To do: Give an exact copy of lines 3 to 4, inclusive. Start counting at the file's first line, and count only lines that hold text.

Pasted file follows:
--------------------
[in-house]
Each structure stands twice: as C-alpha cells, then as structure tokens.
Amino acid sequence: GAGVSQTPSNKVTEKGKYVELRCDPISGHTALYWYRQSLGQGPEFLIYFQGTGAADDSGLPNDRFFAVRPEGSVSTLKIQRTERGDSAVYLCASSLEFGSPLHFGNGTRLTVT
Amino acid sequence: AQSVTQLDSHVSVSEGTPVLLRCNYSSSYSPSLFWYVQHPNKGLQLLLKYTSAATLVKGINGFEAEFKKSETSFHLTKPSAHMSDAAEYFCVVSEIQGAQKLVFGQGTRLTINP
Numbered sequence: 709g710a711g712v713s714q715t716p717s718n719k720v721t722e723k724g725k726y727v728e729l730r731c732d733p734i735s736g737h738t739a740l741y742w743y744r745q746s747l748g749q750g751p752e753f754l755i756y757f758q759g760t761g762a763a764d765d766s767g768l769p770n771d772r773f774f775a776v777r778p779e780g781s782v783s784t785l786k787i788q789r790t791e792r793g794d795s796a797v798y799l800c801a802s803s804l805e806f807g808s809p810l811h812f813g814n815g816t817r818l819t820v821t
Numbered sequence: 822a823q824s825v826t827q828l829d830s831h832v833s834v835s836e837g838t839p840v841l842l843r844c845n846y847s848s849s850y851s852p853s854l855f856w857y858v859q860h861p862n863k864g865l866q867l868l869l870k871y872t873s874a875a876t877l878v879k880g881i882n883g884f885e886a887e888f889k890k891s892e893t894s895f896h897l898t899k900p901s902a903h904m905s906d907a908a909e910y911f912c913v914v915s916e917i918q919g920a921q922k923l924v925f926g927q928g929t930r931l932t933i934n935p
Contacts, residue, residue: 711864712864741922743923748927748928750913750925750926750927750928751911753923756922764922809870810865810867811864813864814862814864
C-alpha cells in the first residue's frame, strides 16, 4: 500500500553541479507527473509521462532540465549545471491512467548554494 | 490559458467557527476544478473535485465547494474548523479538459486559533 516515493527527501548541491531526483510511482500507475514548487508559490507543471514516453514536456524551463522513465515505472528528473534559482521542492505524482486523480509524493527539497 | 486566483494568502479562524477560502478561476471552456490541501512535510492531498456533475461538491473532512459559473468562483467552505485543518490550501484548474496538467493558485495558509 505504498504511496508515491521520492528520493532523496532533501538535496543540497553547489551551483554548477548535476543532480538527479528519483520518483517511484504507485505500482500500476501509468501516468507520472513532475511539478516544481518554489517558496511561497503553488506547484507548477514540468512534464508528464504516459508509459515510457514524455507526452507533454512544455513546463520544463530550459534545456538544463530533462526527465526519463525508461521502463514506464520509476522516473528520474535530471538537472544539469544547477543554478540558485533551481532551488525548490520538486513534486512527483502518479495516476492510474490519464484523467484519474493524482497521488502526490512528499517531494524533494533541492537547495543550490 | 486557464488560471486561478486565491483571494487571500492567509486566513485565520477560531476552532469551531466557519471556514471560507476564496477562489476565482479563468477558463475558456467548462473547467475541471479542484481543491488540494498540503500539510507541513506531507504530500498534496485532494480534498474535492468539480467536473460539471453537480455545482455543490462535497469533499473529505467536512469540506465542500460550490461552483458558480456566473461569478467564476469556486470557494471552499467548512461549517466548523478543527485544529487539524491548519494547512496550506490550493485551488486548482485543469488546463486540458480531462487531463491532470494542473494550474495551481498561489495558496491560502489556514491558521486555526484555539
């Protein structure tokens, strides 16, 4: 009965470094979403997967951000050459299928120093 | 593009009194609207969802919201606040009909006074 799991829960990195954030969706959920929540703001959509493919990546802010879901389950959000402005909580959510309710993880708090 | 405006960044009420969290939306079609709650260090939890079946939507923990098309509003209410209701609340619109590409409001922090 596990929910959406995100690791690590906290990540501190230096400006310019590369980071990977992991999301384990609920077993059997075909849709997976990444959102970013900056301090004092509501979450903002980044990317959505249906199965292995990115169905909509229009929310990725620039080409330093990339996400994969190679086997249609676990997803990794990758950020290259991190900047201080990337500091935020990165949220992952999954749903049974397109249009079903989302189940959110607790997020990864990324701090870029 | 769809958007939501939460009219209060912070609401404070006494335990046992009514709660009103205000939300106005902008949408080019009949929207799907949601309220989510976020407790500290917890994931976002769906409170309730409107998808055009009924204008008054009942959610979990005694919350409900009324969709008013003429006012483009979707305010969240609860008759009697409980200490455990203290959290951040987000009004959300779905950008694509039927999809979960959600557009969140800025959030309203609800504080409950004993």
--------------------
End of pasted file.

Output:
Amino acid sequence: GAGVSQTPSNKVTEKGKYVELRCDPISGHTALYWYRQSLGQGPEFLIYFQGTGAADDSGLPNDRFFAVRPEGSVSTLKIQRTERGDSAVYLCASSLEFGSPLHFGNGTRLTVT
Amino acid sequence: AQSVTQLDSHVSVSEGTPVLLRCNYSSSYSPSLFWYVQHPNKGLQLLLKYTSAATLVKGINGFEAEFKKSETSFHLTKPSAHMSDAAEYFCVVSEIQGAQKLVFGQGTRLTINP